Child support payments made by a household member to someone not in the household

The SNAP program treats child support payments a household member is legally obligated to pay to a non-household member as an income exclusion, or at state option, as a deduction. [7 C.F.R. § 273.9(c)(17), 273.9(d)(5), 273.10(d)(8).] California has determined that they will deduct these payments from the income. [MPP § 63-502.2(p).] As such, this deduction is taken after applying the 20% earned income deduction, but before the gross income test when applicable. [7 C.F.R. § 273.10(e)(1)(i)(B); ACL 06-31 (counties to deduct the child support payments from the household’s gross monthly income before applying the gross income test).] Federal law clearly states that alimony payments cannot be used for the deduction. 7 C.F.R. § 273.9(d)(5).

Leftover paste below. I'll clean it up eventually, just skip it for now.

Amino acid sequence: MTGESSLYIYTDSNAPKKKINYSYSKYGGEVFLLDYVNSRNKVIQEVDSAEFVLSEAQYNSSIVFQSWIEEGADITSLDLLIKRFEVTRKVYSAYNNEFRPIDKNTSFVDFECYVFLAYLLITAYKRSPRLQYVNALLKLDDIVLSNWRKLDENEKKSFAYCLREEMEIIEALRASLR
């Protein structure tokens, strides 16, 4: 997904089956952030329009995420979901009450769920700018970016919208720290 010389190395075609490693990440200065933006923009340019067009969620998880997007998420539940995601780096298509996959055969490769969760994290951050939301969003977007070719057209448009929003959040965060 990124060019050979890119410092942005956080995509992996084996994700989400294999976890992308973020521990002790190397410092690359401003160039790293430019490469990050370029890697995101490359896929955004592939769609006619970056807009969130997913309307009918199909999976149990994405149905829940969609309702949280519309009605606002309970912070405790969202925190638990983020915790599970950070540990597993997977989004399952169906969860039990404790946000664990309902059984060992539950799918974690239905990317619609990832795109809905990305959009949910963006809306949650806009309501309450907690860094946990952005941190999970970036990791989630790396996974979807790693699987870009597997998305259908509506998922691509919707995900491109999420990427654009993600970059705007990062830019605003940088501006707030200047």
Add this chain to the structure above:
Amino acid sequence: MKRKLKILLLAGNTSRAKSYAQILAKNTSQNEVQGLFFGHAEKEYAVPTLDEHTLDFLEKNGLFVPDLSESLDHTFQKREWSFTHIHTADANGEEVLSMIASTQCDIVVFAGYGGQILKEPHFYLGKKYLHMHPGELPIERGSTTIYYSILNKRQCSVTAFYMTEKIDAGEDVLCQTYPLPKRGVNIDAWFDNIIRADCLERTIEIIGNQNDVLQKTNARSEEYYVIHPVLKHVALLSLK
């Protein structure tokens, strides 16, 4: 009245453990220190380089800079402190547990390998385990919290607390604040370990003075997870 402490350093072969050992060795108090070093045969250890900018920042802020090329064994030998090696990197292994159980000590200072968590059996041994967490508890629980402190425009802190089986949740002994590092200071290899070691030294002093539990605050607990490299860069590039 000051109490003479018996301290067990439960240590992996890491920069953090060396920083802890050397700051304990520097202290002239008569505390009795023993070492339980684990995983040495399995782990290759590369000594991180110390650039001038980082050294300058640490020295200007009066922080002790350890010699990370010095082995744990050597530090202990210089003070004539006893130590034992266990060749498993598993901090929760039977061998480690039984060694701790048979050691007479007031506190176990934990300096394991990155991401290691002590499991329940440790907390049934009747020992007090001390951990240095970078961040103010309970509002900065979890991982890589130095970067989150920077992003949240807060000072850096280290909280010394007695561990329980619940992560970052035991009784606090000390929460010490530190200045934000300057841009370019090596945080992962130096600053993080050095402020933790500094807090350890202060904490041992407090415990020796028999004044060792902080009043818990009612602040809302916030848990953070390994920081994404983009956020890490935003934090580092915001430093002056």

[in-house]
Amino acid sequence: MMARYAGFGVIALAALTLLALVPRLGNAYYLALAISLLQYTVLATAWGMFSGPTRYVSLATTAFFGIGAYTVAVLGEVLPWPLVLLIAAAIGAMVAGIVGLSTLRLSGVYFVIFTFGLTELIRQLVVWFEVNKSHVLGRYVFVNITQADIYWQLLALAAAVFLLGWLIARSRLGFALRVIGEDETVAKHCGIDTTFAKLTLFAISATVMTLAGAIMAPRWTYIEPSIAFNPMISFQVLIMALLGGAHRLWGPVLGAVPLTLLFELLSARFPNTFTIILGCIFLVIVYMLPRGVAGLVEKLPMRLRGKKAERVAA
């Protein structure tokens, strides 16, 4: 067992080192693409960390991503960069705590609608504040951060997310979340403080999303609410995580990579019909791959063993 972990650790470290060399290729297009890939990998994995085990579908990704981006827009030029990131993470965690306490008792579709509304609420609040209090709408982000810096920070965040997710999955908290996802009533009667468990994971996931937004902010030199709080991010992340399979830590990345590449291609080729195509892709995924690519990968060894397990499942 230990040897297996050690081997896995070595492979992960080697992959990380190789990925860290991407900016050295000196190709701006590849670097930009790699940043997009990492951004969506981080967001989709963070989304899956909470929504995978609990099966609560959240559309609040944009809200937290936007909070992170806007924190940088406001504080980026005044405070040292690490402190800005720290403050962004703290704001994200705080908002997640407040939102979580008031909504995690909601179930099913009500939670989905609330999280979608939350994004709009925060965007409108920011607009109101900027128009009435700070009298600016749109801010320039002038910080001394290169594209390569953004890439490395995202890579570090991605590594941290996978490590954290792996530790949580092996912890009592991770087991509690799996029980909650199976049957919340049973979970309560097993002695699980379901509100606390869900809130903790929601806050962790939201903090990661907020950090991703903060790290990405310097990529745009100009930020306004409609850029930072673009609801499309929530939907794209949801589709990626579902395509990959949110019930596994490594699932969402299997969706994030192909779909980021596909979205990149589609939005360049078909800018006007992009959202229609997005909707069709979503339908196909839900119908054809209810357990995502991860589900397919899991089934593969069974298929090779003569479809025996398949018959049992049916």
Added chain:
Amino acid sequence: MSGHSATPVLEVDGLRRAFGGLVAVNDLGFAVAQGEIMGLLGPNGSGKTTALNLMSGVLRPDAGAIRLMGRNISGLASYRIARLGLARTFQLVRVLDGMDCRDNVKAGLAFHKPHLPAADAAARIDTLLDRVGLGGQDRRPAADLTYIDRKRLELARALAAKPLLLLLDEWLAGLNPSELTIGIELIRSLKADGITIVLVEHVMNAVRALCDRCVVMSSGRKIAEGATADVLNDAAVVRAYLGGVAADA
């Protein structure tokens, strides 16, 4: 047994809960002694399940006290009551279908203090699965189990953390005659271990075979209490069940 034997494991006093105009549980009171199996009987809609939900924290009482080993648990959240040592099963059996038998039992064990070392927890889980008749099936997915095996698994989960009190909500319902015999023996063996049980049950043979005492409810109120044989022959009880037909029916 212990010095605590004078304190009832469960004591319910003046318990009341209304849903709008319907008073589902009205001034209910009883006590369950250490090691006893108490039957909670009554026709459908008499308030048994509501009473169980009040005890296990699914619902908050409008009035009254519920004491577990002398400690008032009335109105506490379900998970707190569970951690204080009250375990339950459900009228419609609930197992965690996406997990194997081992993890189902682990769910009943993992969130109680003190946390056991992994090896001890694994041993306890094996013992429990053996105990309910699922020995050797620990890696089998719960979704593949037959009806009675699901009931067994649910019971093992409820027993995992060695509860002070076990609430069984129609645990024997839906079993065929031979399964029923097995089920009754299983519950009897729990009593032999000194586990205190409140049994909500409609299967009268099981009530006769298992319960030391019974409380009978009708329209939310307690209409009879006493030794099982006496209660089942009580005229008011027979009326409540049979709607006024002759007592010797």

The household can only exclude from its gross income the amount that the household member must pay under a court order or other legal authority. [MPP § 63-502.2(p)(4).] Payments made to a third party on behalf of the non-household member — for example, rent, utility, etc. — under a support order are also excluded. [7 C.F.R. § 273.9(d)(5); MPP § 63-502.2(p)(5).] The household can also exclude the amount paid toward arrearages. [7 C.F.R. § 273.9(d)(5); MPP § 63-502.2(p)(6).] The household must verify the support payments to claim the exclusion. [MPP § 63-502.2(p)(2), (3).] The child support exclusion does not include alimony payments. [7 C.F.R. § 273.9(d)(5).]